FIFA U-17 World Cup: Brazil successful despite coaches revolving-door situation | fifa-u17-world-cup-2017 | Hindustan Times
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FIFA U-17 World Cup: Brazil successful despite coaches revolving-door situation

Brazil’s senior football team have changed coaches three times and the U-17 coach Carlos Amadeu has said the team is used to it as they prepare to take on Germany in the final of the FIFA U-17 World Cup.

fifa u17 world cup 2017 Updated: Oct 21, 2017 18:28 IST
Dhiman Sarkar
Brazil’s senior team have changed coaches three times in the last four years but the youth team coach has said his job is to identify players for the future as they gear up for the FIFA U-17 World Cup quarterfinal clash against Germany.
Brazil’s senior team have changed coaches three times in the last four years but the youth team coach has said his job is to identify players for the future as they gear up for the FIFA U-17 World Cup quarterfinal clash against Germany.(HT Photo)

In an ideal world, the coaches of the youth teams and the head coach of the senior national team should be working together. When Brazil coach Carlos Amadeu said this, it was to point out how far from the ideal world Brazil is.

In the time Amadeu has been in charge of this development squad that will meet Germany in an under-17 World Cup quarter-final on Sunday, the Brazil senior team has changed coaches with Tite replacing Dunga. Between 2014, when Luiz Felipe Scolari was in charge, and now, the ‘Selecao’ have had three coaches. In the four years preceding that, the list had Dunga and Mano Menezes before Scolari took over meaning.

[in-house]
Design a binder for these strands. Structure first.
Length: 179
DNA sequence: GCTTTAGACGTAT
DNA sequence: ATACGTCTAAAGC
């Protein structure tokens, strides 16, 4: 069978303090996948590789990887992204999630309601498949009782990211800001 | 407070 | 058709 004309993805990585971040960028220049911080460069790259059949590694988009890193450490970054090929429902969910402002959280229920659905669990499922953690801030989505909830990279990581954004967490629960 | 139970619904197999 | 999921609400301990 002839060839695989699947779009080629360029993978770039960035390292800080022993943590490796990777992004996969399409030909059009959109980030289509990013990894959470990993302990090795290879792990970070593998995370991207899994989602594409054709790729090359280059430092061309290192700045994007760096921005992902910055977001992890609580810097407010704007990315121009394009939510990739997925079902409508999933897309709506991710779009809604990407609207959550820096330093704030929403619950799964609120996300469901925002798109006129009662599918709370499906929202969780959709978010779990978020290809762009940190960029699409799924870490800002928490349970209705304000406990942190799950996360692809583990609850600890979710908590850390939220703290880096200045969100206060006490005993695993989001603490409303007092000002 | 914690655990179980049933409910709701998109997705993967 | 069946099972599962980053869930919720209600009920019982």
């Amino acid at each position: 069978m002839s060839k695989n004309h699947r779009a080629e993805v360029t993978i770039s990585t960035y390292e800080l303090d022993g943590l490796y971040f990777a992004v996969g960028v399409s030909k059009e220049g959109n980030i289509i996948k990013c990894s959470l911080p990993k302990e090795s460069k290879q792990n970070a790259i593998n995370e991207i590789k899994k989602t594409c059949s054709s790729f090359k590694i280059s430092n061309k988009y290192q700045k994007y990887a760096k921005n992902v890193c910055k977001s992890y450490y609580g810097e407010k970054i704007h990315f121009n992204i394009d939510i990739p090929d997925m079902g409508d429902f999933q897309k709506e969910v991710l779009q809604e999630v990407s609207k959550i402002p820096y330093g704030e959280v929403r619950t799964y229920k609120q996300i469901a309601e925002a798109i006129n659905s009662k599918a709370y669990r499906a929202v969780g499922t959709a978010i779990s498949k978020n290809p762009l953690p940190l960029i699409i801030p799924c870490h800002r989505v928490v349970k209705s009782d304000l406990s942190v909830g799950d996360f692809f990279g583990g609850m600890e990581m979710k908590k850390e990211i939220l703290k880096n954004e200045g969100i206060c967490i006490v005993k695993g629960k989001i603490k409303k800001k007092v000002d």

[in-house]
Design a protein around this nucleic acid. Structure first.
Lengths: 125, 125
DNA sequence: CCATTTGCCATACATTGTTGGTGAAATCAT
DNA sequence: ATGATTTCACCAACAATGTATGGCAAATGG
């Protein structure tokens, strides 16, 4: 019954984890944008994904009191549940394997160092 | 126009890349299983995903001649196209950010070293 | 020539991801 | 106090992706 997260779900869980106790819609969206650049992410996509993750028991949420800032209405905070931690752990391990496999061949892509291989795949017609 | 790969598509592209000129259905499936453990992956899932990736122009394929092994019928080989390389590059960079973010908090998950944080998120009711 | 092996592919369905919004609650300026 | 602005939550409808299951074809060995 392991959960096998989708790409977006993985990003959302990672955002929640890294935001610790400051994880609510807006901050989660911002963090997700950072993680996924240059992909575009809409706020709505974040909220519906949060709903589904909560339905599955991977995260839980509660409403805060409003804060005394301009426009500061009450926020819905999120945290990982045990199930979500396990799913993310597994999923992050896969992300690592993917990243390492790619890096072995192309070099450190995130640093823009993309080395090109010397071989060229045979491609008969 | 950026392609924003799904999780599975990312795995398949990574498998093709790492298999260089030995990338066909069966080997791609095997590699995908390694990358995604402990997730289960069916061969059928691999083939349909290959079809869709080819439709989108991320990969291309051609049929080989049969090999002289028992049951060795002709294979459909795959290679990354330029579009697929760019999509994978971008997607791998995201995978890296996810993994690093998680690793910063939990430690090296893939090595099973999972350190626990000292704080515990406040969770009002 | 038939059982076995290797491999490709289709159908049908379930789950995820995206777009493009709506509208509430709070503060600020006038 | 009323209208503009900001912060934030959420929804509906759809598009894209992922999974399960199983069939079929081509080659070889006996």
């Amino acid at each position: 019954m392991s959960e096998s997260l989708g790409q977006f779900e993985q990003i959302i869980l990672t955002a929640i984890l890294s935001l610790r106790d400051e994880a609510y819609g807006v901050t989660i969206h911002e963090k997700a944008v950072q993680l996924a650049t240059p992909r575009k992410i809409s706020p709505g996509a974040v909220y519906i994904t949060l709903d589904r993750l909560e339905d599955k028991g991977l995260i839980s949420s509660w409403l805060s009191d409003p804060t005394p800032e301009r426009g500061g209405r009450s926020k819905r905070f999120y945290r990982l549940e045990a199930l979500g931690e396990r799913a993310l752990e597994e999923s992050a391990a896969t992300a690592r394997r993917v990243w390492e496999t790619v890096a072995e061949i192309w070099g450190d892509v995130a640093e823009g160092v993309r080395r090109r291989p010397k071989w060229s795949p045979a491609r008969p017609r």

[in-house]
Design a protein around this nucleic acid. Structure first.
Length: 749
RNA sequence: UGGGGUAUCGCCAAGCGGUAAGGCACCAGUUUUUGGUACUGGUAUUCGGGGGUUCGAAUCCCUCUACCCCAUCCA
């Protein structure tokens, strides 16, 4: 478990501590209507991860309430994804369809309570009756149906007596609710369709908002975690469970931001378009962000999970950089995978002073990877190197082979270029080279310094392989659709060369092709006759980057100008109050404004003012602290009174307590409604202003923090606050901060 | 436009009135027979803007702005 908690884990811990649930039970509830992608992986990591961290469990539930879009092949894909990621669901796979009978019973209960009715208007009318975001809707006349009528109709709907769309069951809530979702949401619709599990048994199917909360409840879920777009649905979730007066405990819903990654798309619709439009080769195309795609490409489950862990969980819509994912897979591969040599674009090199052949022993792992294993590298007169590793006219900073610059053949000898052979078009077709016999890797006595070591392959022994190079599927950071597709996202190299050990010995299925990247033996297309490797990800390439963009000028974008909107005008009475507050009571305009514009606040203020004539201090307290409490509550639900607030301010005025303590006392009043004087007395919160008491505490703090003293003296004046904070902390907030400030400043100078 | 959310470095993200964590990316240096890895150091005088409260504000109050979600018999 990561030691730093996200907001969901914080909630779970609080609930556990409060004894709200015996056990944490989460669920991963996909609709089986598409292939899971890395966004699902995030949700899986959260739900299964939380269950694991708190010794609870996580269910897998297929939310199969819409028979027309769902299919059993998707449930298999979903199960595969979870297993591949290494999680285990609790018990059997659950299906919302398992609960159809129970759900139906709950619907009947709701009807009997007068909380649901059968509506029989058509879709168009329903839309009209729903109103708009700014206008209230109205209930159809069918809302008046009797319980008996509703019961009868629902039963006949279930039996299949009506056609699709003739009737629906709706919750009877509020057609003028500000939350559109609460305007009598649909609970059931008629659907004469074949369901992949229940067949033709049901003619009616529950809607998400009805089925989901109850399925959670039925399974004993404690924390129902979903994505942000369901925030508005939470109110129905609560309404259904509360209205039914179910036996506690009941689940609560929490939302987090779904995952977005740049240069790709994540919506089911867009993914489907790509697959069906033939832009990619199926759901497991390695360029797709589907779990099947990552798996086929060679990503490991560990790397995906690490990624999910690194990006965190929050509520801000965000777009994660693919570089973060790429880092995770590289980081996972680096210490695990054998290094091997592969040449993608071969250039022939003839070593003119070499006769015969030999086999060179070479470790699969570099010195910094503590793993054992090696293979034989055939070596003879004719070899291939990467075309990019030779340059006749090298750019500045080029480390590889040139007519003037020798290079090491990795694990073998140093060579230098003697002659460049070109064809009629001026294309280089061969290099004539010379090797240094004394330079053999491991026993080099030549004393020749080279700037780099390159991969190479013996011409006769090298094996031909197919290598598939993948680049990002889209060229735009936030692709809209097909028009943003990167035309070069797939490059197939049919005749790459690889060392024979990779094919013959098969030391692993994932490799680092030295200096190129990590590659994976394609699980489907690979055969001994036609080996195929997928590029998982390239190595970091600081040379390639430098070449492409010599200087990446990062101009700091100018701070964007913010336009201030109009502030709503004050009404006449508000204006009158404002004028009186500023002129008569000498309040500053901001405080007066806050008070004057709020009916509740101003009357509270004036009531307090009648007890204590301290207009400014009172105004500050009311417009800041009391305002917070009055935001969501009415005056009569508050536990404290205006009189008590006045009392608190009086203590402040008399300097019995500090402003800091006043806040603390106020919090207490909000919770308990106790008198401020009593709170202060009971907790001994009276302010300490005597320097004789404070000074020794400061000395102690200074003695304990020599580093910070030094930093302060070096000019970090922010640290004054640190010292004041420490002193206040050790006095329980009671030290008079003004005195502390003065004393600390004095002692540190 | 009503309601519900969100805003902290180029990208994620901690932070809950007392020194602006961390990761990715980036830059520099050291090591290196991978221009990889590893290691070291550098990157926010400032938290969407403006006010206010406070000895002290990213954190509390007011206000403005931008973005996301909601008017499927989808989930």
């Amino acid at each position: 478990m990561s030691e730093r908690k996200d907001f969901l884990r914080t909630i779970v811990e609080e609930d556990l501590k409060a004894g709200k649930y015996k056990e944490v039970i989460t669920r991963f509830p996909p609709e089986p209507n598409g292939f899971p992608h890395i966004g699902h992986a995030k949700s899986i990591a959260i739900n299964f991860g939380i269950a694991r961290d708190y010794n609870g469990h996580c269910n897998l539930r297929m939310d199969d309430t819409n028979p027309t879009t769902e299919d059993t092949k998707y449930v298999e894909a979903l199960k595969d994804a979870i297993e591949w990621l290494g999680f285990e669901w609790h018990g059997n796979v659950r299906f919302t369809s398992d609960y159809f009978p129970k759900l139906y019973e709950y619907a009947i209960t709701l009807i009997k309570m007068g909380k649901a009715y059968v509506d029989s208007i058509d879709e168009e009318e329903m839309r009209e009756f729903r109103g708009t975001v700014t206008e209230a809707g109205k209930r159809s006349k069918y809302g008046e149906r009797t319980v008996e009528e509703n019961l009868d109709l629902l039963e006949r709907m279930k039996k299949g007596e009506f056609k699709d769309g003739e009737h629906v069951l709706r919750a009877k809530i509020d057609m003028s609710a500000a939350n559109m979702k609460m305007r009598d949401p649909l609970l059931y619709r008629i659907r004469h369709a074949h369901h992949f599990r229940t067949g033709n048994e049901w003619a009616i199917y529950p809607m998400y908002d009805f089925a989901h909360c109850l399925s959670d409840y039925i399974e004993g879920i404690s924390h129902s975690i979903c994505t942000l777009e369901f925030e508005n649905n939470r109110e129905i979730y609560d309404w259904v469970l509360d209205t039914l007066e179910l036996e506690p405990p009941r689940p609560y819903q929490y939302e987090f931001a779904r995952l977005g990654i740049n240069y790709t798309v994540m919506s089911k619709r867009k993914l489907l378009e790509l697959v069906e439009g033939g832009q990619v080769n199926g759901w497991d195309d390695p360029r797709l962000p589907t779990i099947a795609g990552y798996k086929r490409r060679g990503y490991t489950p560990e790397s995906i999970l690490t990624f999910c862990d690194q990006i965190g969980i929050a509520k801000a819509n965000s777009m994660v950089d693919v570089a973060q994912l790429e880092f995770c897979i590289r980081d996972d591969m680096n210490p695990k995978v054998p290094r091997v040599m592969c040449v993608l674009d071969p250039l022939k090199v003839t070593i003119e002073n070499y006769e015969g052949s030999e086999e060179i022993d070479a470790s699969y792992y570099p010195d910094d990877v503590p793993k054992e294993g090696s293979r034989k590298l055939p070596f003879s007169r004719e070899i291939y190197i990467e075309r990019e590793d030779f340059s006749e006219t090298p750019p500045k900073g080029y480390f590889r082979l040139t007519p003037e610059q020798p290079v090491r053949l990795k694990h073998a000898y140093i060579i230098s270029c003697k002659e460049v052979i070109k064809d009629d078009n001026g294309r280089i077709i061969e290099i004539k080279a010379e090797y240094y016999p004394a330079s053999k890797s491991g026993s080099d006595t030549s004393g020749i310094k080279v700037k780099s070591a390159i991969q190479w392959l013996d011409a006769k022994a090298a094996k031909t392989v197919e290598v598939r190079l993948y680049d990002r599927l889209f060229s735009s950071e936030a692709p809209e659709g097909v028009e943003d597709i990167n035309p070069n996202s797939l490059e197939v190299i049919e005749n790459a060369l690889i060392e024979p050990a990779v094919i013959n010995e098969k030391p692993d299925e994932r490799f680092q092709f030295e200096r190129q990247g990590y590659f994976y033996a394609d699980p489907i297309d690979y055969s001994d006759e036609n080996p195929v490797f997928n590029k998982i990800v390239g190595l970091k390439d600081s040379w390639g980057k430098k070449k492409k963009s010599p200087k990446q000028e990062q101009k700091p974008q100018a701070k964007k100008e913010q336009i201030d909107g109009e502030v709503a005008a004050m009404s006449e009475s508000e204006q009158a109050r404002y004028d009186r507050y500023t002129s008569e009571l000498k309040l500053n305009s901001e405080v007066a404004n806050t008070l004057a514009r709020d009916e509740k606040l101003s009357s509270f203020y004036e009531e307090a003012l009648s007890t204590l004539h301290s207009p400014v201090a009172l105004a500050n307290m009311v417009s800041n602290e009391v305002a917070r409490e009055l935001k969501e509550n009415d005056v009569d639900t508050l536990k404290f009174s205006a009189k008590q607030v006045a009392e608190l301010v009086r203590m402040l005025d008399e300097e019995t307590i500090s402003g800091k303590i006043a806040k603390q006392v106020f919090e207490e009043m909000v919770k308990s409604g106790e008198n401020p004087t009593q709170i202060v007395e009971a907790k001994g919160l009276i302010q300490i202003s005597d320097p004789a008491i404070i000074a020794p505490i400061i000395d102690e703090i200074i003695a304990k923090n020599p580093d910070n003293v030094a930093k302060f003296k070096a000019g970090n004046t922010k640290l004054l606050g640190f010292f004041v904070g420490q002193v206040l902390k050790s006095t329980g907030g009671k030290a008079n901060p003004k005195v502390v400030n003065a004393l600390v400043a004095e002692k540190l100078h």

“There are clubs that change coaches four-five times a year. We are used to this,” said Amadeu when asked if this revolving-door situation with senior national team coaches makes his job with the teenagers more difficult.

“It is not up to me to comment on things I have no control over. But I have a history of coaching clubs in Brazil for 20 years, especially their youth teams. You teach young players by making them hear, watch and getting them to experience situations. And then you choose the best players who, you think, can keep going and serve the senior team…Paulinho, for instance, was doing that first for the under-15s, then the youth teams at his club (Vasco da Gama) and now their senior team and with us,” said Amadeu, 52.

Coaches and other members of the team management of Japan, England and Germany have spoken at length on how their football associations look at getting development teams to be on the same page with their senior national teams. In Brazil, things may not be that organised but what makes them five-time men’s world champions and thrice winners at this level is perhaps how as a society they have bought into football as an idea, a way of life and certainly a passport to a better life.

“This generation has really good players but then Brazil always produces good players, this is just another one. If they fetch a good market value it is because of what they produce on the pitch. Scouts watch all games these days, what they look for in a World Cup is confirmation of the ability that they have seen at the game’s highest stage,” said Amadeu.

When a youth coach is confident of his country’s ability to keep producing talent, maybe you don’t need an ideal world to be successful.